Can it all be about the Treasury yield?


| 13-02-2018 | treasuryXL |

Since the beginning of February there has seen large declines in all the major stock markets – Dow Jones down 9%, AEX down 7%, DAX down 7%, FTSE down 5%. The major reason given is that the market has been disturbed by the thought that interest rates in the US will rise more quickly than previously expected as prospects of inflation come to the fore. Going counter to this thought is the explanation that stock markets achieved good growth in 2017 – all major markets were up with some growing by 15% – and that this is a bout of profit taking, before participants will buy on the dip.

There is a major rethink as to the predicted treasury yields for the end of 2018. The German 10year Treasury yield, which is seen as a benchmark in the Eurozone, had an average yield in 2017 of about 0.30%. In the first six weeks of 2018 this has more than doubled and the yield is now 0.72%. Reports that had been published at the end of 2017 are rapidly being updated as the predictions are adjusted for the reality of the current market. A quick look at the websites of major banks show a consensus that the yield could easily be 1% at the end of 2018.

As the German 10year Treasury is a benchmark for pricing other long dated instruments within the Eurozone, this implies that all other rates will be rising faster than expected. If we assume that spreads between Interest rate swaps (IRS) and Treasury remains fairly constant, this would imply that 10year EUR IRS will have a fixed rate around 1.50% by the end of 2018 having averaged around 0.80% for 2017.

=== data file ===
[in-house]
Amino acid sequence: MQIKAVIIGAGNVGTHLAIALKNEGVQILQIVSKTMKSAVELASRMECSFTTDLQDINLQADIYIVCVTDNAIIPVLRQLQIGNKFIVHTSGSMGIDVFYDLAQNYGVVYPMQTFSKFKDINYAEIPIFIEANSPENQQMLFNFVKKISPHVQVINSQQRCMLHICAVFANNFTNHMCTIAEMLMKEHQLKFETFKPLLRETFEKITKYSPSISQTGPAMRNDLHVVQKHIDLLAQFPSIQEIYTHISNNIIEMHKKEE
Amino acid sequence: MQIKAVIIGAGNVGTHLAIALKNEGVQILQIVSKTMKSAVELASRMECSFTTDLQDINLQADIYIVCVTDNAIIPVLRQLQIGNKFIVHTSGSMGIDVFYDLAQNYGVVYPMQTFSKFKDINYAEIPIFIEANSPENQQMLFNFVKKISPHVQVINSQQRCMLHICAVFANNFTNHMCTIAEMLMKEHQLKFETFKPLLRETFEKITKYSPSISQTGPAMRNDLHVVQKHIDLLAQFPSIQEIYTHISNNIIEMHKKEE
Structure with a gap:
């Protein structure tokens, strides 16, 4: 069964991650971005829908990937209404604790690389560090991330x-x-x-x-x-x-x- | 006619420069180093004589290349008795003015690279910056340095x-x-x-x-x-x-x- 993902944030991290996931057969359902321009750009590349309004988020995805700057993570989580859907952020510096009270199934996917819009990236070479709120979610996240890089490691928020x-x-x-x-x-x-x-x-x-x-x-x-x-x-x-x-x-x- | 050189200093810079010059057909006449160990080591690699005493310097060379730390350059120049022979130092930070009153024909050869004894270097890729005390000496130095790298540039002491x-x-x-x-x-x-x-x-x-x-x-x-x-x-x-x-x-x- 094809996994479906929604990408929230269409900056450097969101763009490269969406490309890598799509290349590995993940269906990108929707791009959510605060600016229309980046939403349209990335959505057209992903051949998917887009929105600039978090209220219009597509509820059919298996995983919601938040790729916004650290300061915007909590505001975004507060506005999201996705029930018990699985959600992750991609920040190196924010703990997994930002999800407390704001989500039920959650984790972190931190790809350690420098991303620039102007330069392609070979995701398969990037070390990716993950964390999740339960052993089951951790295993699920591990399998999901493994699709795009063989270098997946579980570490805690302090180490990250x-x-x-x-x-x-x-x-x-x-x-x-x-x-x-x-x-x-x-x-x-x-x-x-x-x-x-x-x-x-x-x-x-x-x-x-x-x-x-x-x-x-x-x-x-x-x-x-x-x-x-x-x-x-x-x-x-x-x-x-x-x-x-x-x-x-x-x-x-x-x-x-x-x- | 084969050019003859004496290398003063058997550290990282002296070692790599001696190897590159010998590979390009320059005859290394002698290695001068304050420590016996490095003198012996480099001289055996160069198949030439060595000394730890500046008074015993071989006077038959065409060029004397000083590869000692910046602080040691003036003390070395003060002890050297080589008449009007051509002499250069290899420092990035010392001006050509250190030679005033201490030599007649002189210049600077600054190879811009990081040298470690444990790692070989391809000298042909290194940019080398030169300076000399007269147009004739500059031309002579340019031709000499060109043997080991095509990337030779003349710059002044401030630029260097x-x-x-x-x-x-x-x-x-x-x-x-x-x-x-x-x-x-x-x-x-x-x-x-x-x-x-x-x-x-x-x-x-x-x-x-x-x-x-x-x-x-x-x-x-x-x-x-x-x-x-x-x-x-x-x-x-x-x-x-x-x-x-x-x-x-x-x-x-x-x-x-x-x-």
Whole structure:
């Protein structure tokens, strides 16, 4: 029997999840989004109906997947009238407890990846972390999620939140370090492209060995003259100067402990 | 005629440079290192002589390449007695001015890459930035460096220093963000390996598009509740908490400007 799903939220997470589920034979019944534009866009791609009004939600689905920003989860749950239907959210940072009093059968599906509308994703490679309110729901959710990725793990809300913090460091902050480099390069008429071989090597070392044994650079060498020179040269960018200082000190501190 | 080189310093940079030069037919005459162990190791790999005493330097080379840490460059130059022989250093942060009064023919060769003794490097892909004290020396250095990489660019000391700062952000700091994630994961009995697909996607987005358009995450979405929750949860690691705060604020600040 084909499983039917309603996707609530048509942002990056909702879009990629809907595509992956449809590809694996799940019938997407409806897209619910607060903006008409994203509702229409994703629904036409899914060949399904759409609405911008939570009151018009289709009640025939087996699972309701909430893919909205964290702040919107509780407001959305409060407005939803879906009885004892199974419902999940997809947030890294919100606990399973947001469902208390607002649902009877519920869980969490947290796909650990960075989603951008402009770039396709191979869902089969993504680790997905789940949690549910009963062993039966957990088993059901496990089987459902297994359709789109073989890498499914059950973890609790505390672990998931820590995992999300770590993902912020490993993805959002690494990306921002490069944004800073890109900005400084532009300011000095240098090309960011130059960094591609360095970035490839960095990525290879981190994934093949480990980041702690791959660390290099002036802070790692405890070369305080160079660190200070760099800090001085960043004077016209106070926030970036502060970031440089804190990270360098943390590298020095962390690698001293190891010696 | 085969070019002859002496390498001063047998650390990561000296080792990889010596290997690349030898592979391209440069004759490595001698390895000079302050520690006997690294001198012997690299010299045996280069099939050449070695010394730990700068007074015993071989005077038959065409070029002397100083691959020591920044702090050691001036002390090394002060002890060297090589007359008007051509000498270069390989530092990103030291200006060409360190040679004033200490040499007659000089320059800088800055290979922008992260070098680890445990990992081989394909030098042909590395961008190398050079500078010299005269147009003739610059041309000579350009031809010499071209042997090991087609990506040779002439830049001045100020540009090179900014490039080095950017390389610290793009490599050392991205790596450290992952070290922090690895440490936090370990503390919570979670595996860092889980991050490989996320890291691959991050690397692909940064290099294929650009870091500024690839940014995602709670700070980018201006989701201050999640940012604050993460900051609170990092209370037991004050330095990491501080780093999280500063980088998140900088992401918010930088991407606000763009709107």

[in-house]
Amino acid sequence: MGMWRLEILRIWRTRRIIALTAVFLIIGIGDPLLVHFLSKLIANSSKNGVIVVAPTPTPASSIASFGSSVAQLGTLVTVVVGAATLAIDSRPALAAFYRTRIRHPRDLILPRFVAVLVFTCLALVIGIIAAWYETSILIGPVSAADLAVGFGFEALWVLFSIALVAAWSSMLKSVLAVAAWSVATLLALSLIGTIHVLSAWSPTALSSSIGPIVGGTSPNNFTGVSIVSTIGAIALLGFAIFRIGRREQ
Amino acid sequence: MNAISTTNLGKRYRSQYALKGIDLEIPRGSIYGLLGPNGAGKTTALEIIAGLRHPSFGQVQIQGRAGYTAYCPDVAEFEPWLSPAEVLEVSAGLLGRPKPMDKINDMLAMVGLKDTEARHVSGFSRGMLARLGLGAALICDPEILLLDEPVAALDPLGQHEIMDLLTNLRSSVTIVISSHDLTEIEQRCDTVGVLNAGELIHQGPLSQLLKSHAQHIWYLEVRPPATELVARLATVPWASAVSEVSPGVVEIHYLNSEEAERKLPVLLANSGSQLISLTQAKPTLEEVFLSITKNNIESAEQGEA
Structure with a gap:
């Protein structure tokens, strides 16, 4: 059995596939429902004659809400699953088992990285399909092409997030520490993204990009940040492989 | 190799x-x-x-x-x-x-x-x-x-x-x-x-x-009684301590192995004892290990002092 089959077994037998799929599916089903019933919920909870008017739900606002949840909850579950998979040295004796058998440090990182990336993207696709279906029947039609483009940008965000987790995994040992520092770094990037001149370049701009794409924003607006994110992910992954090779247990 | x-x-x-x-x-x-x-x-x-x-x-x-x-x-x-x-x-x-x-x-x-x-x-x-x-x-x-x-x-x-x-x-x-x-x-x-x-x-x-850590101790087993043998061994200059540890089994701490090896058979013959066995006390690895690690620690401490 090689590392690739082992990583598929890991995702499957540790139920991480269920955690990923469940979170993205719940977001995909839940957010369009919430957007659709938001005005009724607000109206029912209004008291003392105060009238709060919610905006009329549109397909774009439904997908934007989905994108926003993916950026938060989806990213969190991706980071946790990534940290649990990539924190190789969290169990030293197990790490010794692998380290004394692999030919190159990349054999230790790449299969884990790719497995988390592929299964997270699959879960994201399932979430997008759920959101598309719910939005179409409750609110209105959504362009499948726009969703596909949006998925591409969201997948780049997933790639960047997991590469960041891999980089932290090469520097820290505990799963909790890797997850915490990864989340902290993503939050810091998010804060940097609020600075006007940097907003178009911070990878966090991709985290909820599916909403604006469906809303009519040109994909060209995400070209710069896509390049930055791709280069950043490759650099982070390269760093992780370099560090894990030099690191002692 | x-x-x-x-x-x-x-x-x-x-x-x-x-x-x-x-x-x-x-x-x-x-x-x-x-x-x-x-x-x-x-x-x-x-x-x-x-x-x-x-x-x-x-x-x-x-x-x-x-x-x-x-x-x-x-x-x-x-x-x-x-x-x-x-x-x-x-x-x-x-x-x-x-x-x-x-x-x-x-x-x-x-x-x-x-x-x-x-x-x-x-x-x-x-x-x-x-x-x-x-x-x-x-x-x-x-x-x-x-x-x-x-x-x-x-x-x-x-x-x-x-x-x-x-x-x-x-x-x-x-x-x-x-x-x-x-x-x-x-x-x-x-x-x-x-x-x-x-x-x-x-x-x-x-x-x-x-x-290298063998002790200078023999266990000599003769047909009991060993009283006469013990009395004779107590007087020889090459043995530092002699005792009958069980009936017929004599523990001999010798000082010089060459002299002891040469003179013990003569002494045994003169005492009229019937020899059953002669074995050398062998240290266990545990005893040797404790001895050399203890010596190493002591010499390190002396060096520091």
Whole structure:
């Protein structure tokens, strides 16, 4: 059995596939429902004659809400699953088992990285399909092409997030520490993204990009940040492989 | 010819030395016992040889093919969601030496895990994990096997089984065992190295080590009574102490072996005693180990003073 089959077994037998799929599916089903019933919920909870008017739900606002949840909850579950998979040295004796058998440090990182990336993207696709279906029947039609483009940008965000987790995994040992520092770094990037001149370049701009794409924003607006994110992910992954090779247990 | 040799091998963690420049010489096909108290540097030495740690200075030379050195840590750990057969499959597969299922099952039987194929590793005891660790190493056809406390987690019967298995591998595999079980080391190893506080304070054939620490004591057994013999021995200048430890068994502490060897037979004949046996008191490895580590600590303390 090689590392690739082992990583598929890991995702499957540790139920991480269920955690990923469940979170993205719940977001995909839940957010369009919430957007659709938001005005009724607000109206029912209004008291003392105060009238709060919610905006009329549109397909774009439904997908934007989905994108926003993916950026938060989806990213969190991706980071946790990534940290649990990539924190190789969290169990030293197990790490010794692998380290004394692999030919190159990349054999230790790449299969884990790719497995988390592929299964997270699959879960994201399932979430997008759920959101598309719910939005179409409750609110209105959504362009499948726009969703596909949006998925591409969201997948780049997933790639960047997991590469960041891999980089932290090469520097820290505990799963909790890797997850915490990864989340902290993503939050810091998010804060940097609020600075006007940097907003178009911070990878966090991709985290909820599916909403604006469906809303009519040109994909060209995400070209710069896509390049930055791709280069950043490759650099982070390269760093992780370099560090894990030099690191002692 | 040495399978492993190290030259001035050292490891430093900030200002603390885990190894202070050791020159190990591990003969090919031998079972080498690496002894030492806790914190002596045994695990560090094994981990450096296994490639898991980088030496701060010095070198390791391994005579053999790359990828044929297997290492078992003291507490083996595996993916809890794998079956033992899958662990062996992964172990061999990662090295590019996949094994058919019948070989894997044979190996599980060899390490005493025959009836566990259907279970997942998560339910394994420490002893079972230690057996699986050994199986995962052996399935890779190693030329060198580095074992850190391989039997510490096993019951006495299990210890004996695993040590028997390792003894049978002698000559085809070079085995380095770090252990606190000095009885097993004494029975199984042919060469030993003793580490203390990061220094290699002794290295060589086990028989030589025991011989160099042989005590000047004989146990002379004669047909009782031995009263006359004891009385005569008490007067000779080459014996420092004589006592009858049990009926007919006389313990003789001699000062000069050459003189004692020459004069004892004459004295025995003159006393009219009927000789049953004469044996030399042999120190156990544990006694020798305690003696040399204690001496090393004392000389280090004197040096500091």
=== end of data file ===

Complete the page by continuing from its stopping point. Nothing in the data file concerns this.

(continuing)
Included is a graph showing the price movement of 10Y EUR IRS since start of 2017

At the moment headline inflation is remaining stable, but it appears that the market is expecting inflation to move higher in 2018. The increase in the yield of US 10 year Treasury rates has been more rapid than expected – at the moment the yield is almost 2.90%. It would appear that the increase in US rates is pulling other currency yields higher. Furthermore rises in US interest rates will have an impact on FX hedging policies for companies.

Treasury yields have been in a bull market for almost 40 years – in the early 1980s the yield on 10year German treasury was around 10%. This fell gradually and actually turned negative in 2016. Are we entering a new bear market?

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